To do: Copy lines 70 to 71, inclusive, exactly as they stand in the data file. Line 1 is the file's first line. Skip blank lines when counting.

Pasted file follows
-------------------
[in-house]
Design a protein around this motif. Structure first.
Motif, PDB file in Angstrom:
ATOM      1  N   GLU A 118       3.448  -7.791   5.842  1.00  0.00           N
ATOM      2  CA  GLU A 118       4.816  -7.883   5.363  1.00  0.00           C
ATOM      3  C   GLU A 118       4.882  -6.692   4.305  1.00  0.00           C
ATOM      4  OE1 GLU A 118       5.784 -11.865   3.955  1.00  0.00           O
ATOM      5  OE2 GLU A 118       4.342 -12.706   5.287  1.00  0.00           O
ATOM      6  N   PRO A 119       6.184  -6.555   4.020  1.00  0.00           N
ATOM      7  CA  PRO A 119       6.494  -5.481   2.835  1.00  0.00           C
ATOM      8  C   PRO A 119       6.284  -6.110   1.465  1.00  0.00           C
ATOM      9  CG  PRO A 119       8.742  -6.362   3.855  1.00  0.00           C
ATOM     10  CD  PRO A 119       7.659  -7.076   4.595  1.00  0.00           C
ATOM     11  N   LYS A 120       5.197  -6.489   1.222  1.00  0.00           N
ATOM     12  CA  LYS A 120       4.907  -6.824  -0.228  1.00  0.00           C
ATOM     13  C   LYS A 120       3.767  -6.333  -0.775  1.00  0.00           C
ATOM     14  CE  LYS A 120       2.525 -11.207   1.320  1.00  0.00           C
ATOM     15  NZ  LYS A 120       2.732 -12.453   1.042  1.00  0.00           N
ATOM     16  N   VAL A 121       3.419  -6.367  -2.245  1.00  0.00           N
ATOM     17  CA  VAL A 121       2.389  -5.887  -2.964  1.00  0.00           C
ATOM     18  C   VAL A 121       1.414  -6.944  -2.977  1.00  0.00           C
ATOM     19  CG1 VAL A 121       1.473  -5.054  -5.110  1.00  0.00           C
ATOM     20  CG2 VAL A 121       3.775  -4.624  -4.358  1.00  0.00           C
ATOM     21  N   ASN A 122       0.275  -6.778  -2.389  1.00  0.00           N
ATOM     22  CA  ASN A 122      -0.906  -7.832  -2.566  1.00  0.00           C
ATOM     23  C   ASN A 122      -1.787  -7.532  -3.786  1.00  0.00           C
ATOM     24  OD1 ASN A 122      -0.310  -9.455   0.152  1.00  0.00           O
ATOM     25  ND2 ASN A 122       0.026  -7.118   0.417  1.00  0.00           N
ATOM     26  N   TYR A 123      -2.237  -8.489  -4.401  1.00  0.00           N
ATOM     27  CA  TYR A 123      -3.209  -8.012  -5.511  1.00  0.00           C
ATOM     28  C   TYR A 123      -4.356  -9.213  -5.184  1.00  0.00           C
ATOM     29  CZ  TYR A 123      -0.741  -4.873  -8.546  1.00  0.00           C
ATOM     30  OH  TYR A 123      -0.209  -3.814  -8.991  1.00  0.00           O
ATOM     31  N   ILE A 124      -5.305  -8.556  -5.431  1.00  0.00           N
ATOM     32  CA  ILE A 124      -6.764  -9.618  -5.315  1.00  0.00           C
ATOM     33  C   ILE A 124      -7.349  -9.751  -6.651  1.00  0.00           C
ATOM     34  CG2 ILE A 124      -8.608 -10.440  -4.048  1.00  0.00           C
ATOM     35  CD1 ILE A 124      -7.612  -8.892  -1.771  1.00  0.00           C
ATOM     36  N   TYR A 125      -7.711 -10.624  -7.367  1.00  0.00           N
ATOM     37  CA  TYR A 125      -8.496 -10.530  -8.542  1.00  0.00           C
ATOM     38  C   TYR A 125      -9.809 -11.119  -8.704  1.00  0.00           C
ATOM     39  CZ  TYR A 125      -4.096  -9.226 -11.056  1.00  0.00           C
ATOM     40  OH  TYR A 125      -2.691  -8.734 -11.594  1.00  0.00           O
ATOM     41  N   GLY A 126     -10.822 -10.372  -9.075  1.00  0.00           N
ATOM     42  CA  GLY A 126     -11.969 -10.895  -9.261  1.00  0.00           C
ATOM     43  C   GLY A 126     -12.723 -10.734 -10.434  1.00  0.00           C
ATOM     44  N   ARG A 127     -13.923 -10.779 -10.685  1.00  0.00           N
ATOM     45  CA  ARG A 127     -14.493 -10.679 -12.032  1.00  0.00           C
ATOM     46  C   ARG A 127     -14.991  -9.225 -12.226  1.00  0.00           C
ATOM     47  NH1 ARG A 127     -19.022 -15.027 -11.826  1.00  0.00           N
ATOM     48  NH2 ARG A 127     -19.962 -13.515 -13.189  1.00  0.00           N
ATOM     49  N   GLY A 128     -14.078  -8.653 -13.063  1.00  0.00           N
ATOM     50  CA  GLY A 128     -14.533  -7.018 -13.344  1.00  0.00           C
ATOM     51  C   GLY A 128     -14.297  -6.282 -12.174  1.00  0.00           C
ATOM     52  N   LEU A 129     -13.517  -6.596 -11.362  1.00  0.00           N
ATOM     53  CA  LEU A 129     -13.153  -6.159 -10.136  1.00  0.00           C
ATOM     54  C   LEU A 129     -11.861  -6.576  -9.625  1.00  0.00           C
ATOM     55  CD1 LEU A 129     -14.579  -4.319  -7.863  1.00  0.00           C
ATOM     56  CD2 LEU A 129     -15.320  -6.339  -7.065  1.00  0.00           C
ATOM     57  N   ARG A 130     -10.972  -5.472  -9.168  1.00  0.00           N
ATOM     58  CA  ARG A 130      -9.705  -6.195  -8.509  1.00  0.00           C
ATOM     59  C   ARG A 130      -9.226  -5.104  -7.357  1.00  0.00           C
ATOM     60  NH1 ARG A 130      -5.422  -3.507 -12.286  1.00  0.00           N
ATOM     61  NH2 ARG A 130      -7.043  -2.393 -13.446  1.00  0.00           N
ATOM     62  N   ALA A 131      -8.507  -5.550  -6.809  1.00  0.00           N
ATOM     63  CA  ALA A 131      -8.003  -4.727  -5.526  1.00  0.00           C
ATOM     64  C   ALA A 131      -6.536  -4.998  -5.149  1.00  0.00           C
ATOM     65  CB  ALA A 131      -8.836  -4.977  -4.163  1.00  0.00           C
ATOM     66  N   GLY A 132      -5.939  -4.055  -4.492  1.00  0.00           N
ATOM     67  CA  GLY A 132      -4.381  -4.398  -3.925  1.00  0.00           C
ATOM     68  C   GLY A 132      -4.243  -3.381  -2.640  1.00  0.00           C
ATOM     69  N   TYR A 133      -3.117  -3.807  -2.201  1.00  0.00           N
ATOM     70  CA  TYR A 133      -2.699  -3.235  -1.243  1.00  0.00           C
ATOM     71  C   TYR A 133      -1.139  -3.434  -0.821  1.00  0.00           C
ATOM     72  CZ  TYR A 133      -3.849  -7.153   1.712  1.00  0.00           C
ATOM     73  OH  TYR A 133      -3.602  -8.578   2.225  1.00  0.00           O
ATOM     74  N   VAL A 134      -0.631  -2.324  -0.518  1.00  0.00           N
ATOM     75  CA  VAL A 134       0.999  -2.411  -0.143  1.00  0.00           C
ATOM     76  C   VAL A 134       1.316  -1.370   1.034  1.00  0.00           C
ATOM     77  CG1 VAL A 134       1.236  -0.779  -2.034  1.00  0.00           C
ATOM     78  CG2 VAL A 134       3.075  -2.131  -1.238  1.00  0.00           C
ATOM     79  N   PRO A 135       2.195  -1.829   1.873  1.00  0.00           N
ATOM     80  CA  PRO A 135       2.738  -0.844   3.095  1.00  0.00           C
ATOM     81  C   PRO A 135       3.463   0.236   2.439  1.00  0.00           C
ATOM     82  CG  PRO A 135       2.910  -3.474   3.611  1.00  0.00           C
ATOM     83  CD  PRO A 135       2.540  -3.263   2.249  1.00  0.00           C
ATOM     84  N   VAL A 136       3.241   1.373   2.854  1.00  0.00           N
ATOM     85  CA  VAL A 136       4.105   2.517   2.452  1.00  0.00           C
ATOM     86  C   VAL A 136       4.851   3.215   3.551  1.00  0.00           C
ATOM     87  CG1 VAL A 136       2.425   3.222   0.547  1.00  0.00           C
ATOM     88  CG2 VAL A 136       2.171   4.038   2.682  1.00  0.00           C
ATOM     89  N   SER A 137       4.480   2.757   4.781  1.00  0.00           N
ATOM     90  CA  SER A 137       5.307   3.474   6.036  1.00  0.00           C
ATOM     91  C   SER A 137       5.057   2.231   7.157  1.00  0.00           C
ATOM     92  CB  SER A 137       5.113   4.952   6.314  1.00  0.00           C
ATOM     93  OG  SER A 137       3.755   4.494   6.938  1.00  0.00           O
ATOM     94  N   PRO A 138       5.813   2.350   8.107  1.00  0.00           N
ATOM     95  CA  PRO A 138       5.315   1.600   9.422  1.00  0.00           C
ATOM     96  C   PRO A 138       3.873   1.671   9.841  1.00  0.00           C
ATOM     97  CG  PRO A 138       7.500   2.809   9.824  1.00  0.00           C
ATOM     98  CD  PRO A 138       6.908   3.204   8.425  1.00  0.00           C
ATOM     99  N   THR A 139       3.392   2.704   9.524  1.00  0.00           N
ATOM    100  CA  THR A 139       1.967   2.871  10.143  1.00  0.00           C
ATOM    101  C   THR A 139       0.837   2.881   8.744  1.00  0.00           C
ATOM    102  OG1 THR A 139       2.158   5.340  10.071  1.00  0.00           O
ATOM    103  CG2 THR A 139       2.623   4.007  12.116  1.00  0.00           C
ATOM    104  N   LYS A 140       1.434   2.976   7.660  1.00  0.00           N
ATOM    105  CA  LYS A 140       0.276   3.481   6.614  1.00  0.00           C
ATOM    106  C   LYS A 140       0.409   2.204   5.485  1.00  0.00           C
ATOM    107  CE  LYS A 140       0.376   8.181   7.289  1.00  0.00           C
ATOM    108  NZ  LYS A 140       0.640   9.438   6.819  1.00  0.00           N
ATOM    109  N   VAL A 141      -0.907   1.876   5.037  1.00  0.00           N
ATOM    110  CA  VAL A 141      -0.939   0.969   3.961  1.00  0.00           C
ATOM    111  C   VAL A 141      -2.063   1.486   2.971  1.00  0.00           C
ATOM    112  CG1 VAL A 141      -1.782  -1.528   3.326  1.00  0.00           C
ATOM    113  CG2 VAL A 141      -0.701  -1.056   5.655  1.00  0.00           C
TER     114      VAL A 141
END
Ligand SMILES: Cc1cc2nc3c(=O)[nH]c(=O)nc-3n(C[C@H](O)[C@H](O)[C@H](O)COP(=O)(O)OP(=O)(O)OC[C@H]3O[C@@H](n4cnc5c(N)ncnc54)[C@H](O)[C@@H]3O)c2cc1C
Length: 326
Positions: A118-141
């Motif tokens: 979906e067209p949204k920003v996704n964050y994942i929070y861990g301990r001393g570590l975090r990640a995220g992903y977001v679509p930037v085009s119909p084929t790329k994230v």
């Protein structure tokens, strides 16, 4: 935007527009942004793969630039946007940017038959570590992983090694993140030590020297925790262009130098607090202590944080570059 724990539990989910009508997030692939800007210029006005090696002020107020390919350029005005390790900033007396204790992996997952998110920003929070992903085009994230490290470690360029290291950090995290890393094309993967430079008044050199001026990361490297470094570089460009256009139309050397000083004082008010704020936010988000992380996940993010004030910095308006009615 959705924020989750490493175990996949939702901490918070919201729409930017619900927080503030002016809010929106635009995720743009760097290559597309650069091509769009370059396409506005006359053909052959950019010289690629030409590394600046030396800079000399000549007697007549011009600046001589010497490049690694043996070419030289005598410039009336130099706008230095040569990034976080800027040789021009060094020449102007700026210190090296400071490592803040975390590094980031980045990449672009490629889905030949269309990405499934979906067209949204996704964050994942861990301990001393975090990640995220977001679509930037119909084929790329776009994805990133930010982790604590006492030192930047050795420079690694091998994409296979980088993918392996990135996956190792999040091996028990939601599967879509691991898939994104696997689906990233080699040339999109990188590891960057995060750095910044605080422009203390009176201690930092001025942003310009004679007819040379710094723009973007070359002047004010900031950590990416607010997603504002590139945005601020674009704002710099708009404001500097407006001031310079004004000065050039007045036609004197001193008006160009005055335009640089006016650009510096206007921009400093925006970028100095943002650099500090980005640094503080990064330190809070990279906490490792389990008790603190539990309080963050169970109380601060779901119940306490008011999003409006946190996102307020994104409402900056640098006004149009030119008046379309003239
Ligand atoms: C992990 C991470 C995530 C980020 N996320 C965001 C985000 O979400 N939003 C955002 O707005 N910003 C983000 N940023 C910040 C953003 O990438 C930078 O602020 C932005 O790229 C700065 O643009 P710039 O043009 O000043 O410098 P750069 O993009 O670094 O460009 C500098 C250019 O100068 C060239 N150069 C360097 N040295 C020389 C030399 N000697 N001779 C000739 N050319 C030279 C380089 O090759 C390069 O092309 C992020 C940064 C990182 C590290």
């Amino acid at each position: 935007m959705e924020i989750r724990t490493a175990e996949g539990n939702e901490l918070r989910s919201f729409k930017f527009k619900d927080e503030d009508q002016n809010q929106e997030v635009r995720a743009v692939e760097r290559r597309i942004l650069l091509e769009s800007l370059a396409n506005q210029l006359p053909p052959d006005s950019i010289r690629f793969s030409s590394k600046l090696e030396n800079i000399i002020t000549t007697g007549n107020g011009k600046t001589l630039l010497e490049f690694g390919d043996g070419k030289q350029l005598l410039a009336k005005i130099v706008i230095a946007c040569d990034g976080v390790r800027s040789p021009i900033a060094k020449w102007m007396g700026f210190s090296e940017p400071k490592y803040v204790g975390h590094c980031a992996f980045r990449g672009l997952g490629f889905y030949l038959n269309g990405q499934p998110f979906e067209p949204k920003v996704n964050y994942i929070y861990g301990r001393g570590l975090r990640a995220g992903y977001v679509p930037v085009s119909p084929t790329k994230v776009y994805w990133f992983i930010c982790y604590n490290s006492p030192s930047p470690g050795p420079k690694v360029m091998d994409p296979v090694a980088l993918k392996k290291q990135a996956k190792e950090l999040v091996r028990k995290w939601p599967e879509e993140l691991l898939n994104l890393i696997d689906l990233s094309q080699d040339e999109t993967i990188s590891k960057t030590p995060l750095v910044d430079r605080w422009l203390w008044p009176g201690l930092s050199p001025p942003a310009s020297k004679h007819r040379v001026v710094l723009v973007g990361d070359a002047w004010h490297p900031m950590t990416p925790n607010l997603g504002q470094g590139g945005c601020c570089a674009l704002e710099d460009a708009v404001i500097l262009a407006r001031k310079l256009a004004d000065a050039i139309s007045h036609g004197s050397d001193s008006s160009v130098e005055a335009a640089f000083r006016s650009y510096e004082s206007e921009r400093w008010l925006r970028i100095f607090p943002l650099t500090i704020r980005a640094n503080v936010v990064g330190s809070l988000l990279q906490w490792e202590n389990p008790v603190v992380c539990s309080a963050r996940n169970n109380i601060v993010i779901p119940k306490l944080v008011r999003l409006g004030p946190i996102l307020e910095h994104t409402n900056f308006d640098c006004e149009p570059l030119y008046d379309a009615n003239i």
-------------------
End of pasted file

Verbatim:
ATOM     67  CA  GLY A 132      -4.381  -4.398  -3.925  1.00  0.00           C
ATOM     68  C   GLY A 132      -4.243  -3.381  -2.640  1.00  0.00           C